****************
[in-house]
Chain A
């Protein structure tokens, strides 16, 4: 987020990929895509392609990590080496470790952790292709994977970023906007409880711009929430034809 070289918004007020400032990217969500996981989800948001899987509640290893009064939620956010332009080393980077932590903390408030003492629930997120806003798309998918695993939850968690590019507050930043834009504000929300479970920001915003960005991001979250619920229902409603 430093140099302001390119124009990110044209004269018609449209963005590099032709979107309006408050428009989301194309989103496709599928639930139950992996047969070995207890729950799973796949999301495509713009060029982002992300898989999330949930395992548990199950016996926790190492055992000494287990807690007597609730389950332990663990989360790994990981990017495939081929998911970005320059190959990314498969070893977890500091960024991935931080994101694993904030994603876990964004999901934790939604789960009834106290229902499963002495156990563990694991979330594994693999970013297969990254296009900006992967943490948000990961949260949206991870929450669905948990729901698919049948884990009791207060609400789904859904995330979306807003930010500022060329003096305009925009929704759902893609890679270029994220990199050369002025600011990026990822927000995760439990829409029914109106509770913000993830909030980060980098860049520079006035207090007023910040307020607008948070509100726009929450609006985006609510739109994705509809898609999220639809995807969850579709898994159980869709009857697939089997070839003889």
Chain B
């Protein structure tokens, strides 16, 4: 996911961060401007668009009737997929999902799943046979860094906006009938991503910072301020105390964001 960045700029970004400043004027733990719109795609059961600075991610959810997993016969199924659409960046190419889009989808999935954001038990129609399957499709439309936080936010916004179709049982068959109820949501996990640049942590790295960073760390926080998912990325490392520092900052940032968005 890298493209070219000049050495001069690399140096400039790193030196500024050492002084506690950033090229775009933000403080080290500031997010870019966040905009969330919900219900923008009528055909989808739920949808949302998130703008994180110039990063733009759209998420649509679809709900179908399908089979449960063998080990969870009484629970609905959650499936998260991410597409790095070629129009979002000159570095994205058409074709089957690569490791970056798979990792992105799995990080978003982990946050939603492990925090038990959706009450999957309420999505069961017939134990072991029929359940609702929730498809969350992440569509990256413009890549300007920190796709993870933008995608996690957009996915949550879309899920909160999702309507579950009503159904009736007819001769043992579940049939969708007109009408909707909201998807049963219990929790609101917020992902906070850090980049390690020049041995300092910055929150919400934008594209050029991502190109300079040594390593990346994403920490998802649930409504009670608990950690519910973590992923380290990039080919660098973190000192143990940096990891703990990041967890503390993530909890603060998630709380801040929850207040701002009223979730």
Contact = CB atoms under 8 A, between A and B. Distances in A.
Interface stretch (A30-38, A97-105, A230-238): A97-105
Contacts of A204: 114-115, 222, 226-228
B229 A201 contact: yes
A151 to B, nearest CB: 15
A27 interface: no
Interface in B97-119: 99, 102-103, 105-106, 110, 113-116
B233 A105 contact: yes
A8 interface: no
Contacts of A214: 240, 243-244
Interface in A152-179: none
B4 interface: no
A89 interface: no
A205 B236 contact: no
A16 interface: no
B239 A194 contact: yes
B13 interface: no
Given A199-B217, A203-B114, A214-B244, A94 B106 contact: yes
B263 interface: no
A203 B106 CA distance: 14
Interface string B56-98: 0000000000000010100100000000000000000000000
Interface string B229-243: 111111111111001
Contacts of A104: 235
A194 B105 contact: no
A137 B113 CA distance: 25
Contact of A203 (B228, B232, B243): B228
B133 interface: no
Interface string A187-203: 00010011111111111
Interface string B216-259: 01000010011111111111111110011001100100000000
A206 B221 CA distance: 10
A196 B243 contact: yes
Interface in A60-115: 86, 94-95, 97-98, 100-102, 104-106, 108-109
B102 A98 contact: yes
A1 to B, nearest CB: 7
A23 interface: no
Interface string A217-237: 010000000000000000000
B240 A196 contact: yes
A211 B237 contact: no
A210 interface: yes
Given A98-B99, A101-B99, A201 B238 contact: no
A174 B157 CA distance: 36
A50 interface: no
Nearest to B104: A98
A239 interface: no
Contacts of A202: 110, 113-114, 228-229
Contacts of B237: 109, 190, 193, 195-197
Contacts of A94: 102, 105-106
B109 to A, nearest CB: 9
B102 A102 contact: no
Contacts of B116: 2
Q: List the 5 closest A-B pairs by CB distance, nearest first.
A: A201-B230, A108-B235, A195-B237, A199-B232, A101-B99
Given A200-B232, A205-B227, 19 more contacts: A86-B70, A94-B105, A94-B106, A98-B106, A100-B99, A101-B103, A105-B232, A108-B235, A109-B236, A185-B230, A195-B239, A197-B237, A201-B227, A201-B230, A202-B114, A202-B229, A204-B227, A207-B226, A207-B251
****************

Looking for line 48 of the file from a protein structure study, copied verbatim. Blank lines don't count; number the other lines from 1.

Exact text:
Nearest to B104: A98